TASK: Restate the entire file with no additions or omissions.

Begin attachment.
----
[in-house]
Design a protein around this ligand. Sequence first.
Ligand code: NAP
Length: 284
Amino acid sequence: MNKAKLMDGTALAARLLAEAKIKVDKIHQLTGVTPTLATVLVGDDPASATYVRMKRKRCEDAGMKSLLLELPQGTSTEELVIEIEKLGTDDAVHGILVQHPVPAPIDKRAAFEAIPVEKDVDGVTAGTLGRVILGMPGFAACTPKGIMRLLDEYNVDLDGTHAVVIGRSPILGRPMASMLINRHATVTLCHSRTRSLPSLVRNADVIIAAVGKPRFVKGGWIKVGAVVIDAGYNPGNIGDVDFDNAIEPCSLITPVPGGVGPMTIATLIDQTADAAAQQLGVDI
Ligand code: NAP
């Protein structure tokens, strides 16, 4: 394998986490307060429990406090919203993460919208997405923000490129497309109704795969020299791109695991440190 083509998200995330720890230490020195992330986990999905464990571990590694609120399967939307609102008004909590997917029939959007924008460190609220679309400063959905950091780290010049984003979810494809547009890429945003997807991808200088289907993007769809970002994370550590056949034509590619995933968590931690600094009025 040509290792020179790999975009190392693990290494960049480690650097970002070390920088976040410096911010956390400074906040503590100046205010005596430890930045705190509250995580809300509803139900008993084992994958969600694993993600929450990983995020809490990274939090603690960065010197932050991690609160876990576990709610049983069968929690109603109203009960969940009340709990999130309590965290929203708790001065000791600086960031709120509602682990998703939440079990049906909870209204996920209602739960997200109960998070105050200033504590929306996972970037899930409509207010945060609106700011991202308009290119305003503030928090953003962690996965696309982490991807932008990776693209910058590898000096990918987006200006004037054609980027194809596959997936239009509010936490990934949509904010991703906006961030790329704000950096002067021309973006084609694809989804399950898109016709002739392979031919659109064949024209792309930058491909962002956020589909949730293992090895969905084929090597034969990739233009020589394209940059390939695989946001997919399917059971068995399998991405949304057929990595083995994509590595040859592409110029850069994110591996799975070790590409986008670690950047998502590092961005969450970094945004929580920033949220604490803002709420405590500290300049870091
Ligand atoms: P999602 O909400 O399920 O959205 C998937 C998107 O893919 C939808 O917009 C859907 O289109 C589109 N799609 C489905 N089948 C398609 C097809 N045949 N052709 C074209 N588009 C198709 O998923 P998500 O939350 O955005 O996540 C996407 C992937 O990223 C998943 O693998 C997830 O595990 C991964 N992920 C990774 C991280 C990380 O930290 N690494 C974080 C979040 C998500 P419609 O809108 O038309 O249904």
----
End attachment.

[in-house]
Design a protein around this ligand. Sequence first.
Ligand code: NAP
Length: 284
Amino acid sequence: MNKAKLMDGTALAARLLAEAKIKVDKIHQLTGVTPTLATVLVGDDPASATYVRMKRKRCEDAGMKSLLLELPQGTSTEELVIEIEKLGTDDAVHGILVQHPVPAPIDKRAAFEAIPVEKDVDGVTAGTLGRVILGMPGFAACTPKGIMRLLDEYNVDLDGTHAVVIGRSPILGRPMASMLINRHATVTLCHSRTRSLPSLVRNADVIIAAVGKPRFVKGGWIKVGAVVIDAGYNPGNIGDVDFDNAIEPCSLITPVPGGVGPMTIATLIDQTADAAAQQLGVDI
Ligand code: NAP
């Protein structure tokens, strides 16, 4: 394998986490307060429990406090919203993460919208997405923000490129497309109704795969020299791109695991440190 083509998200995330720890230490020195992330986990999905464990571990590694609120399967939307609102008004909590997917029939959007924008460190609220679309400063959905950091780290010049984003979810494809547009890429945003997807991808200088289907993007769809970002994370550590056949034509590619995933968590931690600094009025 040509290792020179790999975009190392693990290494960049480690650097970002070390920088976040410096911010956390400074906040503590100046205010005596430890930045705190509250995580809300509803139900008993084992994958969600694993993600929450990983995020809490990274939090603690960065010197932050991690609160876990576990709610049983069968929690109603109203009960969940009340709990999130309590965290929203708790001065000791600086960031709120509602682990998703939440079990049906909870209204996920209602739960997200109960998070105050200033504590929306996972970037899930409509207010945060609106700011991202308009290119305003503030928090953003962690996965696309982490991807932008990776693209910058590898000096990918987006200006004037054609980027194809596959997936239009509010936490990934949509904010991703906006961030790329704000950096002067021309973006084609694809989804399950898109016709002739392979031919659109064949024209792309930058491909962002956020589909949730293992090895969905084929090597034969990739233009020589394209940059390939695989946001997919399917059971068995399998991405949304057929990595083995994509590595040859592409110029850069994110591996799975070790590409986008670690950047998502590092961005969450970094945004929580920033949220604490803002709420405590500290300049870091
Ligand atoms: P999602 O909400 O399920 O959205 C998937 C998107 O893919 C939808 O917009 C859907 O289109 C589109 N799609 C489905 N089948 C398609 C097809 N045949 N052709 C074209 N588009 C198709 O998923 P998500 O939350 O955005 O996540 C996407 C992937 O990223 C998943 O693998 C997830 O595990 C991964 N992920 C990774 C991280 C990380 O930290 N690494 C974080 C979040 C998500 P419609 O809108 O038309 O249904």